Dean Bakopoulos. (Julian Goldberg )
My American Unhappiness
Houghton Mifflin Harcourt: 277 pp., $24
Whichever way you turn, beacons of American inauthenticity and political dysfunction are all around you, clamoring for your head space, your dollars, your compromised vote, your misplaced sense of nostalgia. It's enough to make you want to quit your job, move to the woods and sell your artisanal jam through the Internet.
Collected from Dean Bakopoulos' "My American Unhappiness," here's a short list of some of the things that might make you miserable: Food courts, specifically fast-food places posing as Asian-fusion and Latin-fusion bistros. ATM surcharges. Healthcare. Global warming. Wars. That Cracker Barrel opening out near the highway.
It's those twin dissatisfactions — looming crises on the widescreen; niggling corporate-sourced ennui in the foreground — that provide the backdrop to "My American Unhappiness," a fresh-spirited, timely satire crossed with '70s-style sexual comedy, if slightly chastened by the '80s sitcom.
The story of the book's creation neatly dovetails with its themes. Bakopoulos submitted his manuscript to his publisher in 2008, only to see it languish throughout the banking crisis, but that delay might've been a blessing in disguise. The author took the extra time to steer his second novel into thornier territory. The main character and setting of "My American Unhappiness" manage to be imaginatively mundane: Zeke Pappas, a man raised by a now-deceased Greek immigrant father and a chain-smoking mother who works at the Old Country Buffet, is residing in the liberal hamlet of Madison, Wis., where he heads up the Great Midwestern Humanities Initiative.
The federally funded program, limping by with a staff of two, has been tasked with "encouraging civic engagement" and "regional pride," but 34-year-old Zeke, who often speaks in a formal cadence somewhere between an operating manual and a Miss Manners guide, has instead directed the energies of the program toward a near-singular goal: an inventory of American unhappiness.
Lodging their complaints in emails and in on-camera interviews with Zeke, Americans chart their dismay with a life defined by institutions instead of rugged individualism. Superficial consumerist choices abound, but few people know how to build a home with their own hands, or how to fish, or repair their own cars.
In other words, "My American Unhappiness" is a novel of First World problems, but it's so in touch with that state of privilege that it won't abide taking it all, or itself, too seriously. This isn't J.G. Ballard's suburban horror or Don DeLillo's fraught postmodern chill; instead, "My American Unhappiness" sometimes feels like an episode of the old TV sitcom "Three's Company," directed by filmmaker Noah Baumbach. Think of Zeke as the Jack Tripper of the Upper Midwest, and, in a twist not to be spoiled here, he's given the challenge of landing a wife in a few months so that he can keep his two nieces, who have been in his custody since his brother Cougar died in Iraq.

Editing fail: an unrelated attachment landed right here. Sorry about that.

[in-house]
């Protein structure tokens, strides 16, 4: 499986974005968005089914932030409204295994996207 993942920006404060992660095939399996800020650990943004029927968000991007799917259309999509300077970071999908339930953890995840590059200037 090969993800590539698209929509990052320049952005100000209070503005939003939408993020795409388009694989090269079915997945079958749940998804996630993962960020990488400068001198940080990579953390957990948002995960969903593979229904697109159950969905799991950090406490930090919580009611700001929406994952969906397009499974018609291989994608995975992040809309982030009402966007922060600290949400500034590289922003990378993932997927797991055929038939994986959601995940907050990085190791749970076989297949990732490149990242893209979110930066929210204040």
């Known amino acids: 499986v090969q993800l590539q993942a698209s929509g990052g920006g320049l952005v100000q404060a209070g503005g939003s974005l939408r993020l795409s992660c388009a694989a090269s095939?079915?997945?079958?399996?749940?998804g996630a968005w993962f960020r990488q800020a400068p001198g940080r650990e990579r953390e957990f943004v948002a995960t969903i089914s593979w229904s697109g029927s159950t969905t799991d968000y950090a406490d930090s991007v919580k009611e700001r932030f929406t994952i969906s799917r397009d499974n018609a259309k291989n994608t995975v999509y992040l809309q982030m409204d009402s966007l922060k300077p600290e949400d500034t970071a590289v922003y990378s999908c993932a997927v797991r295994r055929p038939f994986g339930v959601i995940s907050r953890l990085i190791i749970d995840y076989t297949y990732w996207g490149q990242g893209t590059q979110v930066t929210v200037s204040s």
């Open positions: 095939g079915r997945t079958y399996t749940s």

A good-looking man, Zeke has choices: Minn, the flirtatious barista at Starbucks who's entertained by Zeke's near-unerring ability to guess the orders of strangers; Elizabeth, his neighbor navigating a messy divorce; and single mother Lara, his increasingly put-upon assistant at the humanities initiative. Over the course of the book, Pappas has a series of misadventures — of course a Taser gun and Facebook are involved — with these women whose lives are in the kind of flux that hovers just under the smooth surfaces of American middle-class life.
Some characters, like Zeke's best friends, the gay couple Mack and Joseph, and the politician-benefactors of the initiative with sordid secret lives feel like cogs of tokenism in the plot machine. Far and away, the book's best asset is its deft consideration of satire, one that isn't bunkered down with an egoist's judgmental take on what ails us. Instead, this novel grabs at the problems and roughhouses with them a bit, for sport and affection. It's the ultimate Midwestern act of tough love, as if the setting and its inherent values have penetrated the book's core.
Bakopoulos might take umbrage at what seems tacky, disingenuous, insidious or downright dangerous in this country, but at the end of the day, he writes about America the way he might talk about the crazy uncle who didn't make it to the dinner table that night. "I love him, but God is he messed up."